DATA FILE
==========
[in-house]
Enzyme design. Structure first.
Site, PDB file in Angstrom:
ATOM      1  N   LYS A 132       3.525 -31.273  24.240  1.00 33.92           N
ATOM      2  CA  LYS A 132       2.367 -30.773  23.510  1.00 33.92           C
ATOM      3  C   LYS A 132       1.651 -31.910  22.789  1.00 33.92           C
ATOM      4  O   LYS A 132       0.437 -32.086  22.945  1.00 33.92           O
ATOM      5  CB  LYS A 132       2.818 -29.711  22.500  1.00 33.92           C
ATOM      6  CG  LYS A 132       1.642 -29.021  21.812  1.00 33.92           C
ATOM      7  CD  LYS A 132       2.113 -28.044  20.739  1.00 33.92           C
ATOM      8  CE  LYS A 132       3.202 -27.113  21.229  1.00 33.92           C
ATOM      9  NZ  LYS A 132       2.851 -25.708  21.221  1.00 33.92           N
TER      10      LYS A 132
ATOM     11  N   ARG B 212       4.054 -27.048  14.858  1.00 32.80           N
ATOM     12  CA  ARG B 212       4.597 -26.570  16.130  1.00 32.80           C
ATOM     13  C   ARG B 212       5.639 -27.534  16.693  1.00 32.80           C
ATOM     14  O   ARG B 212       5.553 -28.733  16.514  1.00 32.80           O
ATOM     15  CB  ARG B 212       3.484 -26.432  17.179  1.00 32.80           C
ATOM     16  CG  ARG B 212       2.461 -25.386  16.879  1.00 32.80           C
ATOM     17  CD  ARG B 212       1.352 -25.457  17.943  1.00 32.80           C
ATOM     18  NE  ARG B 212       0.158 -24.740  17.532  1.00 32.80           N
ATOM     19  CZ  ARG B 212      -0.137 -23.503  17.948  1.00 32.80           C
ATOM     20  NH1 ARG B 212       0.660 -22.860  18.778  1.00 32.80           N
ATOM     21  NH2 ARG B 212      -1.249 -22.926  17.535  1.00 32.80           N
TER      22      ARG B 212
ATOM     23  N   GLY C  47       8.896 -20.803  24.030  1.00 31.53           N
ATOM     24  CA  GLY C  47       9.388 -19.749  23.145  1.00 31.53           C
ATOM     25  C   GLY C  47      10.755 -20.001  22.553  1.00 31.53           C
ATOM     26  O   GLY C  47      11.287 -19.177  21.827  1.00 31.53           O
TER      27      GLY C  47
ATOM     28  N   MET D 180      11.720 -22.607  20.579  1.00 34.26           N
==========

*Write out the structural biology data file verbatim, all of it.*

[in-house]
Enzyme design. Structure first.
Site, PDB file in Angstrom:
ATOM      1  N   LYS A 132       3.525 -31.273  24.240  1.00 33.92           N
ATOM      2  CA  LYS A 132       2.367 -30.773  23.510  1.00 33.92           C
ATOM      3  C   LYS A 132       1.651 -31.910  22.789  1.00 33.92           C
ATOM      4  O   LYS A 132       0.437 -32.086  22.945  1.00 33.92           O
ATOM      5  CB  LYS A 132       2.818 -29.711  22.500  1.00 33.92           C
ATOM      6  CG  LYS A 132       1.642 -29.021  21.812  1.00 33.92           C
ATOM      7  CD  LYS A 132       2.113 -28.044  20.739  1.00 33.92           C
ATOM      8  CE  LYS A 132       3.202 -27.113  21.229  1.00 33.92           C
ATOM      9  NZ  LYS A 132       2.851 -25.708  21.221  1.00 33.92           N
TER      10      LYS A 132
ATOM     11  N   ARG B 212       4.054 -27.048  14.858  1.00 32.80           N
ATOM     12  CA  ARG B 212       4.597 -26.570  16.130  1.00 32.80           C
ATOM     13  C   ARG B 212       5.639 -27.534  16.693  1.00 32.80           C
ATOM     14  O   ARG B 212       5.553 -28.733  16.514  1.00 32.80           O
ATOM     15  CB  ARG B 212       3.484 -26.432  17.179  1.00 32.80           C
ATOM     16  CG  ARG B 212       2.461 -25.386  16.879  1.00 32.80           C
ATOM     17  CD  ARG B 212       1.352 -25.457  17.943  1.00 32.80           C
ATOM     18  NE  ARG B 212       0.158 -24.740  17.532  1.00 32.80           N
ATOM     19  CZ  ARG B 212      -0.137 -23.503  17.948  1.00 32.80           C
ATOM     20  NH1 ARG B 212       0.660 -22.860  18.778  1.00 32.80           N
ATOM     21  NH2 ARG B 212      -1.249 -22.926  17.535  1.00 32.80           N
TER      22      ARG B 212
ATOM     23  N   GLY C  47       8.896 -20.803  24.030  1.00 31.53           N
ATOM     24  CA  GLY C  47       9.388 -19.749  23.145  1.00 31.53           C
ATOM     25  C   GLY C  47      10.755 -20.001  22.553  1.00 31.53           C
ATOM     26  O   GLY C  47      11.287 -19.177  21.827  1.00 31.53           O
TER      27      GLY C  47
ATOM     28  N   MET D 180      11.720 -22.607  20.579  1.00 34.26           N